Frequent questionnaires can lead to diminishing response rates and complaints of “survey fatigue.” We get it – and have tinkered, shortened, or even suspended some surveys in our attempt to find the right balance. After 5 schoolwide feedback surveys in 12 months, for example, we suspended last June’s Parent Satisfaction survey. It will return this June. While each of our feedback instruments has advantages and limitations, they all aim at the same target: giving us clear, candid, comprehensive feedback on our work.

Of course, the most common, timely, useful and treasured feedback needs no survey. It happens through direct conversation in real time between actual people. It’s worth reminding ourselves of the many channels available to parents if they have questions, complaints or suggestions:

  • Teachers, advisors and coaches are the most direct and helpful audience for parent feedback. They can make real adjustments right away. They need and deserve to understand the experience of their students. As we found with the Parent Teacher Feedback Form, they crave responses and remain eager to use them to improve their practice and cater their work wherever possible individual children and families.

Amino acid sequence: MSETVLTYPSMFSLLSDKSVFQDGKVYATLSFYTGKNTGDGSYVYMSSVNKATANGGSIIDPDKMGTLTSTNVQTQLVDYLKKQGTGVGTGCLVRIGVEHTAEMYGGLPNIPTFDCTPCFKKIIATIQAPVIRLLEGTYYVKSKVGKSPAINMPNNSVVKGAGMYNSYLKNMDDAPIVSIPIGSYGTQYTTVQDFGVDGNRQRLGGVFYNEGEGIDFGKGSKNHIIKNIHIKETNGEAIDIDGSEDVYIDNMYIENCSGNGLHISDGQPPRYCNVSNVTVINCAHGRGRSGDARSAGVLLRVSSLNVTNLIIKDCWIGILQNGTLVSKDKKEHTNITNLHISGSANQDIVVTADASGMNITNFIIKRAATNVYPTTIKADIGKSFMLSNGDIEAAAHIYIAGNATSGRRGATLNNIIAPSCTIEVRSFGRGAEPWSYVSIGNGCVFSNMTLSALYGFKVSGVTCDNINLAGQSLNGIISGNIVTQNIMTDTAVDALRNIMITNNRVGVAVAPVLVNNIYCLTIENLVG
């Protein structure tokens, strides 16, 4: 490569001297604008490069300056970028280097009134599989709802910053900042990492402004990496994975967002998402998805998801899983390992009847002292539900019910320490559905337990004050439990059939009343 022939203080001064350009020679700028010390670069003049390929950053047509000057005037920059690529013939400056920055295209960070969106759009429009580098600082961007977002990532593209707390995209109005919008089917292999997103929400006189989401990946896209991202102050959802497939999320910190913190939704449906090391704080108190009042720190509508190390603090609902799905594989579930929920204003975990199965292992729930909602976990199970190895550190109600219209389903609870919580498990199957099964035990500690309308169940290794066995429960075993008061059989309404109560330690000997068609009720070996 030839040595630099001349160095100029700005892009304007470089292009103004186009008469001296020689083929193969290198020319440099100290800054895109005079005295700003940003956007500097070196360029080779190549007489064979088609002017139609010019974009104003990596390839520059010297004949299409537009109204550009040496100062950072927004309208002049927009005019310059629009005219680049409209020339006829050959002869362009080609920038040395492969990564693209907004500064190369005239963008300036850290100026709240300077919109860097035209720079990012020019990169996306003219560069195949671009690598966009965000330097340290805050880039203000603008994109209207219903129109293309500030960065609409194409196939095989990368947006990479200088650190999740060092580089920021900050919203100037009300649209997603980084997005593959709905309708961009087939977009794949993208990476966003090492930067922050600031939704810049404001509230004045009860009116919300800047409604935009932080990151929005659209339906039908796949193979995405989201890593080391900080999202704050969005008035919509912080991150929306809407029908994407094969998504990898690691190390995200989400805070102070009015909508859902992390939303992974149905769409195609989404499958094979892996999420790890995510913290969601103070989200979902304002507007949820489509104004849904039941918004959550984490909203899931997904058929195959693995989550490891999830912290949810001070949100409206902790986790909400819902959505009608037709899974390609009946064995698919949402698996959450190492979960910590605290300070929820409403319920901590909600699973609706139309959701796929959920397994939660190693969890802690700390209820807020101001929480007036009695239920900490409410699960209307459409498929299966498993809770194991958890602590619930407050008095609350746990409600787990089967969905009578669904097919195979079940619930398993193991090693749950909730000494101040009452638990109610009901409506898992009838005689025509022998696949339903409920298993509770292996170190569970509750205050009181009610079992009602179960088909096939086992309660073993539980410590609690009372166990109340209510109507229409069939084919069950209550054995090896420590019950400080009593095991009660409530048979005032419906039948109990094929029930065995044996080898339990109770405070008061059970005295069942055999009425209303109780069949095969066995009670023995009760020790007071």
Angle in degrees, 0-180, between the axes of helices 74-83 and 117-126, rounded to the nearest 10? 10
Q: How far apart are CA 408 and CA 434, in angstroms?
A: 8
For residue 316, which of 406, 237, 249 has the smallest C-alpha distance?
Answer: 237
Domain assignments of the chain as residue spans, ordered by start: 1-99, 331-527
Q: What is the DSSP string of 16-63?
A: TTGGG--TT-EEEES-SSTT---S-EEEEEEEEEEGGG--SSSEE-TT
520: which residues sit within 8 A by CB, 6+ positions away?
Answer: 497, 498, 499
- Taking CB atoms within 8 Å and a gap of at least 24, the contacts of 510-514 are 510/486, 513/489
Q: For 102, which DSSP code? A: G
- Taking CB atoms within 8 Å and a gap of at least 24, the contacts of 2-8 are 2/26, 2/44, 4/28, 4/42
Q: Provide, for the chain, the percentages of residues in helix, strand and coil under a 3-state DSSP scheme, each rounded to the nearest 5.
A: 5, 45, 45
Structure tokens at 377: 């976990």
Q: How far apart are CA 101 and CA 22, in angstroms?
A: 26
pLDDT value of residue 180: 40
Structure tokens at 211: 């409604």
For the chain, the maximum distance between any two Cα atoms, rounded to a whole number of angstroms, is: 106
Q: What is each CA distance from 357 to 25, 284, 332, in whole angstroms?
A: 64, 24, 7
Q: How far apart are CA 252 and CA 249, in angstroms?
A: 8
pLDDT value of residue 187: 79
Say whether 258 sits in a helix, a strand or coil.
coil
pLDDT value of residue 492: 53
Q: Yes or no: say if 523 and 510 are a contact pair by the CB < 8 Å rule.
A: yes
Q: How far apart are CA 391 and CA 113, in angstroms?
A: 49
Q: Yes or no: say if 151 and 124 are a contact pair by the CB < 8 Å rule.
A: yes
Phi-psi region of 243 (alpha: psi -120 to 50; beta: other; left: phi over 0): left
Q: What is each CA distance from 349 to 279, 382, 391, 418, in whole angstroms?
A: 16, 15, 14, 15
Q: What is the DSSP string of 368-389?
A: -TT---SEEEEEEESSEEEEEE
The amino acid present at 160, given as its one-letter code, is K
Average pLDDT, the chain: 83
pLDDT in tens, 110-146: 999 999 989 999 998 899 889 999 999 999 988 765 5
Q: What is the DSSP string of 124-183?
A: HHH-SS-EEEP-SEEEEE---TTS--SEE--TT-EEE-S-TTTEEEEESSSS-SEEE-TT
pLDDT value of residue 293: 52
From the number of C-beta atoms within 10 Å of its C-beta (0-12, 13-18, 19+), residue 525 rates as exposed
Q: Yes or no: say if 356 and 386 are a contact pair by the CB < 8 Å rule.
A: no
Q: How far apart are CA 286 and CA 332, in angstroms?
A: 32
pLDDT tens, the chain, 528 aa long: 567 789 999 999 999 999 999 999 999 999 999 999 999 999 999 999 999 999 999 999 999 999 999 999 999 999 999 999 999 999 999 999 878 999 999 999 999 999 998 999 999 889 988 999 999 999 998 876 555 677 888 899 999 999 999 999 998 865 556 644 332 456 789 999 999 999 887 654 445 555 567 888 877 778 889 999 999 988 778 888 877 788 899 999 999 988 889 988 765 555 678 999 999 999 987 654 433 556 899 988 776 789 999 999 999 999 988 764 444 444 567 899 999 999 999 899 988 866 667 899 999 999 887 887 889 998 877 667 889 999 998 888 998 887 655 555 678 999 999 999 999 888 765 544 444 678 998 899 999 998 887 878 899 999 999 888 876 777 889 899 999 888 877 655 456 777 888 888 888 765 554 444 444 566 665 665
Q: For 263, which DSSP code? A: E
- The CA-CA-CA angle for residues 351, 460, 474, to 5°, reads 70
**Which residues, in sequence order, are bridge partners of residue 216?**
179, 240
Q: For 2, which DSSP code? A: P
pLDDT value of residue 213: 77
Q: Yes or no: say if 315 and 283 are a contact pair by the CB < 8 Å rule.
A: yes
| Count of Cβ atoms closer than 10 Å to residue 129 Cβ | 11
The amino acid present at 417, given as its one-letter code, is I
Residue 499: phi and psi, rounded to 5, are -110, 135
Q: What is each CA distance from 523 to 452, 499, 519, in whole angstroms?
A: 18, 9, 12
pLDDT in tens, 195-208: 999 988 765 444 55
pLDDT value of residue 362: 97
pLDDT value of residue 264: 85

• Academic leaders convene teams of teachers in each division to improve curriculum and instruction. They have a broader view and responsibility for their areas (e.g., LS literacy, MS science, US history, etc.) and can often offer perspective on our academic program.
  • Directors of our PS, LS, MS, US or our various departments. Christian Hairston-Randleman, Carolyn Ronco, Jon Meredith and Lanis Wilson are among the most frequent and helpful recipients of feedback from parents. Don’t be surprised if they begin by asking “Have you spoken already to the teacher about this?” They (like our directors of admissions, athletics, information technology, diversity and multicultural affairs, business services, and development) appreciate learning anything that can improve their teams.